ATLANTA – 50 years ago, when the North American Soccer League was born and a young South African, Kaizer Motaung, left his continent for the first time, there was no Spacecraft with a retractable roof housing a football team beating records, marking the buckets and promising to bring a trophy to this sporting city in the midst of bad luck.
Long before Atlanta United stormed into MLS and qualified for Saturday's final against the Portland Timbers in their second season only, the Atlanta Chiefs performed at what would later be called Atlanta-Fulton County Stadium. Crowds averaged 5,800 people, which was ahead of the NASL curve.
In 1968, American professional football was a foreign company, introduced mainly by Europeans seeking to spread the gospel and earn a few dollars. It will take another seven years before Pelé revolutionizes sport on these shores.
In this first season of the NASL, the Chiefs won a championship for Atlanta. They finished first in the Atlantic Division and, after a scoreless draw in the first leg of the final, beat the San Diego Toros 3-0 in front of an audience of less than 15,000 in September.
Motaung, 23 years old at the time, scored the last goal. He was named rookie of the year and, one season later, led the league in scoring. The leaders returned to the finals in his final year in 1971, bowing to Dallas.
Fifty years later, he speaks with immense pride of what football has become in Atlanta.
"These are wonderful memories that have never escaped me, because I enjoyed my stay in Atlanta," he said Friday on the phone from Johannesburg. "At the time, I had never traveled outside the country, with the exception of neighboring countries. I had the ambition to play abroad and this opportunity came up.
"Atlanta will always be my second home."
In 1970, when he created his own professional team at home, he named him in honor of himself and his employer NASL: Kaizer Chiefs.
"In fact, we stole the logo," he laughs. "I just wanted to continue this experience. We wanted to model ourselves on what my experiences were in Atlanta. It's always in our minds, where we come from. "
Today, Kaizer Chiefs is one of the best known clubs in Africa and participates in a great world football derby with the crosstown Orlando Pirates. Home matches are played at Stade FNB, site of the 2010 World Cup final.
By far, the chairman of the Kaizer Chiefs – and a legendary figure in South Africa – marveled at the instant success of Atlanta United. Funded by Falcons owner Arthur Blank, the 2017 expansion team welcomed an average of 53,002 regular season visitors, which exceeded last year's visitor numbers (48%). 200).
The seven most important games in MLS history in the regular season were held at the Mercedes-Benz stadium, inaugurated last year and designed for the Falcons and United. United plays most of the games in a small number of seats (around 45,000) but the team has sometimes opened the entire venue.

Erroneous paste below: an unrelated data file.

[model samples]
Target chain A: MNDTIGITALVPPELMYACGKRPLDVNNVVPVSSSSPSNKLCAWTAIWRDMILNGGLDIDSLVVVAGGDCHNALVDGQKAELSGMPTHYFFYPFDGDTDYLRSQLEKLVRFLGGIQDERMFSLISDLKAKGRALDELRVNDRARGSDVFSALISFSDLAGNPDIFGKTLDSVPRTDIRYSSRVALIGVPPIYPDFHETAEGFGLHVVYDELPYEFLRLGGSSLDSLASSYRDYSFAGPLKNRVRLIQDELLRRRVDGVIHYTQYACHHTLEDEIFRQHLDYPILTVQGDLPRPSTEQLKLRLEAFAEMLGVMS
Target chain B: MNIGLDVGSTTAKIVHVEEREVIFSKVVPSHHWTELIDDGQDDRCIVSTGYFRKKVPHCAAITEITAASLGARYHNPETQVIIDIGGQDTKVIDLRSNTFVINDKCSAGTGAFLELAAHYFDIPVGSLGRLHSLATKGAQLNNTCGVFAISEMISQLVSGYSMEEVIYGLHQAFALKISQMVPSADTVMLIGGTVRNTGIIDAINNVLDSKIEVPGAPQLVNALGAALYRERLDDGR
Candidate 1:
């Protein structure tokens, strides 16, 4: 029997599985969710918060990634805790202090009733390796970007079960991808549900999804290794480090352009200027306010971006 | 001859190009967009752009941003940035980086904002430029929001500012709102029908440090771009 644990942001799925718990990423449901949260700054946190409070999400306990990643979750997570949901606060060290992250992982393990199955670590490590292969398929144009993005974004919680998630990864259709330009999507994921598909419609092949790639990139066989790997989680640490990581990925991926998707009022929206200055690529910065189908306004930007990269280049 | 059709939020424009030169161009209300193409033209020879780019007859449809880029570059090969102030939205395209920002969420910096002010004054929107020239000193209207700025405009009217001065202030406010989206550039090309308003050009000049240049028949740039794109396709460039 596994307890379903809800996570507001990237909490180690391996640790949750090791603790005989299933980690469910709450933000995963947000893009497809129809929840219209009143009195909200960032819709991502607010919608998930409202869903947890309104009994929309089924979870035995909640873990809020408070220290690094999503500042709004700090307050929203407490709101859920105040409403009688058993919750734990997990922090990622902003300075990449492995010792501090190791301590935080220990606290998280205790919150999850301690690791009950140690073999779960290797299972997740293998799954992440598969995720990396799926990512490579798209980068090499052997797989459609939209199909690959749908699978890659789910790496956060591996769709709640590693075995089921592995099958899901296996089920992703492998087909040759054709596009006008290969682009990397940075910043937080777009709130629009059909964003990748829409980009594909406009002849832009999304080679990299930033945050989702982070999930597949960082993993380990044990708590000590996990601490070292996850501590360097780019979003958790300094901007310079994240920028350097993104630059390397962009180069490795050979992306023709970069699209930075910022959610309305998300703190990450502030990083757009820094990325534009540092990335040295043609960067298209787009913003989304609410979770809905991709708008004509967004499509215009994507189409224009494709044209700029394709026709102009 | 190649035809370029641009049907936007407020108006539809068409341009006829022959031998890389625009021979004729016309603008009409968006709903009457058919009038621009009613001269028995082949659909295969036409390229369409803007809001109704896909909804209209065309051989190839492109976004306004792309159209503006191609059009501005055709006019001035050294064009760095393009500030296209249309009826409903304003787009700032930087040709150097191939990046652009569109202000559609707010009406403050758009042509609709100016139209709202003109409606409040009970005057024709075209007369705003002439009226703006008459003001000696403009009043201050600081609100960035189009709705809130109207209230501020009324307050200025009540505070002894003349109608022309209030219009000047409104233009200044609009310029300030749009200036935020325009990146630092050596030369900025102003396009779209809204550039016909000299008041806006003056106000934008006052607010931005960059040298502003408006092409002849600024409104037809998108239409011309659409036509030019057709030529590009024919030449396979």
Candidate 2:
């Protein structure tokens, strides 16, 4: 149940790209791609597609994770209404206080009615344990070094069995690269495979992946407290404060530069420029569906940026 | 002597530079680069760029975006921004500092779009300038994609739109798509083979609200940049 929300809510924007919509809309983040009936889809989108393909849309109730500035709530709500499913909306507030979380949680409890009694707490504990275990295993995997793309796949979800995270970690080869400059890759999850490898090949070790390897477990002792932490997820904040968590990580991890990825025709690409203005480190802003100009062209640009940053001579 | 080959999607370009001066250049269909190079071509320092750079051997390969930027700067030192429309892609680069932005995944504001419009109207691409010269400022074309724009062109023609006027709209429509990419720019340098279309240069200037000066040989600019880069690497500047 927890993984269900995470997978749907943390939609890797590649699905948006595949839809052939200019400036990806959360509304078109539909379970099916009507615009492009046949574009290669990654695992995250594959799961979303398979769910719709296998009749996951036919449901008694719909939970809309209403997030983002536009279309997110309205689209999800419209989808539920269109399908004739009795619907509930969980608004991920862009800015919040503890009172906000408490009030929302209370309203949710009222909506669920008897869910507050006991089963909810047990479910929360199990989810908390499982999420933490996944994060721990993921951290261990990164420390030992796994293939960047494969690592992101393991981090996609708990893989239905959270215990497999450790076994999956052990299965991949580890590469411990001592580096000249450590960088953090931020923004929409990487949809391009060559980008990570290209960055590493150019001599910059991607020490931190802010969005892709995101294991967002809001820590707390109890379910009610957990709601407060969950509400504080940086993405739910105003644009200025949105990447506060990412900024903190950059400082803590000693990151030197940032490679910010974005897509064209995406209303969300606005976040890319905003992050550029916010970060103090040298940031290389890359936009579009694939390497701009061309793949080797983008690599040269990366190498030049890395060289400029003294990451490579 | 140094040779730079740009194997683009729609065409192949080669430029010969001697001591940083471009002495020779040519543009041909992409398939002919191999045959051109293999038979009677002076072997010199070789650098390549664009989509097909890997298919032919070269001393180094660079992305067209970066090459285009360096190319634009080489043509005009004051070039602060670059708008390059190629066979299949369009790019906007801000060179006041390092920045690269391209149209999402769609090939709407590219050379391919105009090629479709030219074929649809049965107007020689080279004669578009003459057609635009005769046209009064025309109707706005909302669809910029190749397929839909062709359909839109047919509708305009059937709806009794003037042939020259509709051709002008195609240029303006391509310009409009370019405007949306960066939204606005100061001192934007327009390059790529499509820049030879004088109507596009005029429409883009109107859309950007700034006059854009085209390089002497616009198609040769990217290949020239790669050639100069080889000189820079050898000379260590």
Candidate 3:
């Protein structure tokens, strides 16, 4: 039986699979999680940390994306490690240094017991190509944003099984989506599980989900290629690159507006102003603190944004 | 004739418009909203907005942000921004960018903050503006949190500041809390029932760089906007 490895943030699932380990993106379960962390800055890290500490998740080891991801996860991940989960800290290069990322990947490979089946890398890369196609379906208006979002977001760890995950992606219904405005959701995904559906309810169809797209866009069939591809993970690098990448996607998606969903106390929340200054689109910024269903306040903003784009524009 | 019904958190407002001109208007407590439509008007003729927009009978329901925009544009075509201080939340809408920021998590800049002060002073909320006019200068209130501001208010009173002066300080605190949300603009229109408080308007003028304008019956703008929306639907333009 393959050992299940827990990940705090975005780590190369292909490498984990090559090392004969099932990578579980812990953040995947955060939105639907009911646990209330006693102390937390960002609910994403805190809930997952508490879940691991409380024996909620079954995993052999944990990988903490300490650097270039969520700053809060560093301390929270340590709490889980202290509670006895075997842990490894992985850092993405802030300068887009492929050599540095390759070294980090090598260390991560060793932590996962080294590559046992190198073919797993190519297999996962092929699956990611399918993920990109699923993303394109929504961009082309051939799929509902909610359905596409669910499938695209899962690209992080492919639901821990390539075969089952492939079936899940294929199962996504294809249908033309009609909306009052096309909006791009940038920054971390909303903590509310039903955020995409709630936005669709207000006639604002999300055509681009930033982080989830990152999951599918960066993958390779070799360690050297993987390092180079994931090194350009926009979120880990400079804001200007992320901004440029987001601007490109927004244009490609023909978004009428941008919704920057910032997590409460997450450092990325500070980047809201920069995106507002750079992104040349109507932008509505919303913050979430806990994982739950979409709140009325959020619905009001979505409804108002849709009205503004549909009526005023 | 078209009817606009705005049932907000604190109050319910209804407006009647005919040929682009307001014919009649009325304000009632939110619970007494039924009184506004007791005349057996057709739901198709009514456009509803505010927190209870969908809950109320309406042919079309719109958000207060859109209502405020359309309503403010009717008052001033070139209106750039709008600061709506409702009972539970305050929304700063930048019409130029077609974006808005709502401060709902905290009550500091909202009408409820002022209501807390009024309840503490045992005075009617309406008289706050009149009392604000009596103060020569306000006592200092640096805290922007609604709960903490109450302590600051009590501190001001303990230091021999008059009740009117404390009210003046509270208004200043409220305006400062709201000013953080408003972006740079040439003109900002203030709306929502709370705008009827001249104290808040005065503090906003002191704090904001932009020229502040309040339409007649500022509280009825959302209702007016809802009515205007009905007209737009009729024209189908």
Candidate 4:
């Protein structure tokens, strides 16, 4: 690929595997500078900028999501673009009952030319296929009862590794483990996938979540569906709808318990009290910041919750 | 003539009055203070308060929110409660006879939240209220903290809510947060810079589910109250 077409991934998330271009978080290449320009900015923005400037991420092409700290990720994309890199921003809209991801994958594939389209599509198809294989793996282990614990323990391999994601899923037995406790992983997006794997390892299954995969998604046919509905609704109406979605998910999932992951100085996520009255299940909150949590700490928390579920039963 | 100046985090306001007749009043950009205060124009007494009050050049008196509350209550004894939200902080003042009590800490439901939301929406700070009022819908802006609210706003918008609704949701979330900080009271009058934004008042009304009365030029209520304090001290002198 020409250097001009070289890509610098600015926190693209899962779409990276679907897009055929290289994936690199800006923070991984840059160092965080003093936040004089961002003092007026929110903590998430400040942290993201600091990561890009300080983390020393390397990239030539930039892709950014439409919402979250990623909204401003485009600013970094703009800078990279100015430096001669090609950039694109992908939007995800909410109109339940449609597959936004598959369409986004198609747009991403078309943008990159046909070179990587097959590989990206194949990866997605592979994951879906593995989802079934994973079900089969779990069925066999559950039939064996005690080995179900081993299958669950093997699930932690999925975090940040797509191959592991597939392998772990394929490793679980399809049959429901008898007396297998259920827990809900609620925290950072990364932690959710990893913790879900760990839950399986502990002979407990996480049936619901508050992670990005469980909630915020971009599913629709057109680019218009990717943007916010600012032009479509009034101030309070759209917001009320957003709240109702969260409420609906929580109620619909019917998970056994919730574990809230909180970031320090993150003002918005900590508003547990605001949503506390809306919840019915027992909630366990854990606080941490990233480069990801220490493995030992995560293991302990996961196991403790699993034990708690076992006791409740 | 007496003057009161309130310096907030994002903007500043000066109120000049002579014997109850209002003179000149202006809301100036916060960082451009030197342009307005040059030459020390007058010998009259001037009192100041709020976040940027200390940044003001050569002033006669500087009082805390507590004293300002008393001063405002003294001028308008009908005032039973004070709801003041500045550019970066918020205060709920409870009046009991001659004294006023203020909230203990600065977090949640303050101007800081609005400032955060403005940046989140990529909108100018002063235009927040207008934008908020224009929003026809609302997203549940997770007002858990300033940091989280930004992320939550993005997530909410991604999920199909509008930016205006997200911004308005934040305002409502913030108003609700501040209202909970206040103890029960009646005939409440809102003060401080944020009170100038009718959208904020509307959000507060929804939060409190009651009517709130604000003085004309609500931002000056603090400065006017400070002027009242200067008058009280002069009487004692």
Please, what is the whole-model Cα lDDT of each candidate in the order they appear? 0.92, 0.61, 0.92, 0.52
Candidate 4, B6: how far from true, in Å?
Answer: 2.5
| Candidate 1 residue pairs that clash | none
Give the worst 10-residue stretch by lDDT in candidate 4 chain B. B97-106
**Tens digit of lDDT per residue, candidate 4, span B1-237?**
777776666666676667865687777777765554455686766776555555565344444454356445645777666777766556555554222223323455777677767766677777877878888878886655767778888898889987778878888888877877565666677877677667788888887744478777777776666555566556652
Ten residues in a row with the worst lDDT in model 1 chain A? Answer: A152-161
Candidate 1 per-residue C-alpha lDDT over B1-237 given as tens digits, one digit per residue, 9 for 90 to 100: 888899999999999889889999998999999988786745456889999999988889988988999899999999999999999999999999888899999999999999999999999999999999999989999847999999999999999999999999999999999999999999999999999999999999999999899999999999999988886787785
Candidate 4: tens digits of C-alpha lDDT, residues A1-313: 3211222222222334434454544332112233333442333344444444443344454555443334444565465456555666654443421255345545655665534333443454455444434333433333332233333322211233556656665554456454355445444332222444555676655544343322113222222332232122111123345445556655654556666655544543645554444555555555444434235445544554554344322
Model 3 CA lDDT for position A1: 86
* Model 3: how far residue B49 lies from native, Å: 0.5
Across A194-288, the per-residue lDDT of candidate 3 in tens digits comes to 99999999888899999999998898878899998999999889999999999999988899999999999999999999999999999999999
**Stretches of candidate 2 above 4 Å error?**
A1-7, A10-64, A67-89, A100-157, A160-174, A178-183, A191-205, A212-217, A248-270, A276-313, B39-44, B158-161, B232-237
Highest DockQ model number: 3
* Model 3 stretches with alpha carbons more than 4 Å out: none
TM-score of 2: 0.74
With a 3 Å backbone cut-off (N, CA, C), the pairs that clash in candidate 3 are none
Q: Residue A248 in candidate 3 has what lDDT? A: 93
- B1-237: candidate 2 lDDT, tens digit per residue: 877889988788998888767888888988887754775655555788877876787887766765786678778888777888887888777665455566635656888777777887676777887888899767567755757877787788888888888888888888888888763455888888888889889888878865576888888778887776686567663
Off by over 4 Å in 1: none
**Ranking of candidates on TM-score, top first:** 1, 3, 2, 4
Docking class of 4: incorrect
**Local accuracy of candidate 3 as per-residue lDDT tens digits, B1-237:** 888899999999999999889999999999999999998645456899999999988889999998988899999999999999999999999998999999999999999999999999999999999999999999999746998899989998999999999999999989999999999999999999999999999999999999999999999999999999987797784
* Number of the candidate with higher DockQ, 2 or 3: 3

Most MLS teams are tied with NBA and NHL teams; The league average this year was 21,875.
The NASL lasted 17 seasons. MLS is at its 23rd.
"I watched on CNN the other day that it was a very big football town," said Motaung, who has not been to Atlanta since his NASL debut, including two seasons in Denver. "I'm just astonished, but also proud that we have laid the foundations for football in the United States and especially in Atlanta."
Another figure will fall on Saturday, when United set the MLS Cup record currently held by New England, which sold Gillette Stadium (61,316) in 2002. (Most of the MLS championship games since the first season of 1996 were played in mid-sized stages.)
Asked about the football boom in a beleaguered sports city, Blank told the Atlanta Journal-Constitution: "I was never part of the camp that said Atlanta was not a big sports town. I've always thought that if you put a great product on the field, you would give the fans a great experience, they would react to that. … Some people were skeptical, but I did not give them a lot of audience. "
Atlanta United is also on the verge of bringing something that has largely escaped the city for decades: a championship.
The Falcons lost twice at the Super Bowl, including their epic collapse against the Patriots two years ago. Since arriving in St. Louis in 1968, the Hawks have never reached the finals of the NBA. The Braves won the World Series in 1995.
The Atlanta Dream has lost three times in the final of the WNBA. The former Atlanta women's football team, The Beat, lost twice in the final.
The Chiefs of Atlanta became the Apollos in 1973 (owned by the Hawks) and quickly dissolved. They reformed as leaders for the seasons 1979-1981. After the 1984 campaign, the NASL was dead.
On Saturday, Atlanta United will have a big fan at 8,425 miles. Motaung said, "It was a future because we went to schools and gave a lot of coaches during our free time. I was confident in Atlanta and, in fact, football in the United States would become bigger and bigger.
"I wish good luck to the team tomorrow. I hope that they can do what we have done. "
who: Portland Timbers at Atlanta United.
Or: Mercedes-Benz Stadium.
When: Saturday at 20h East
TV: Fox, UniMas.
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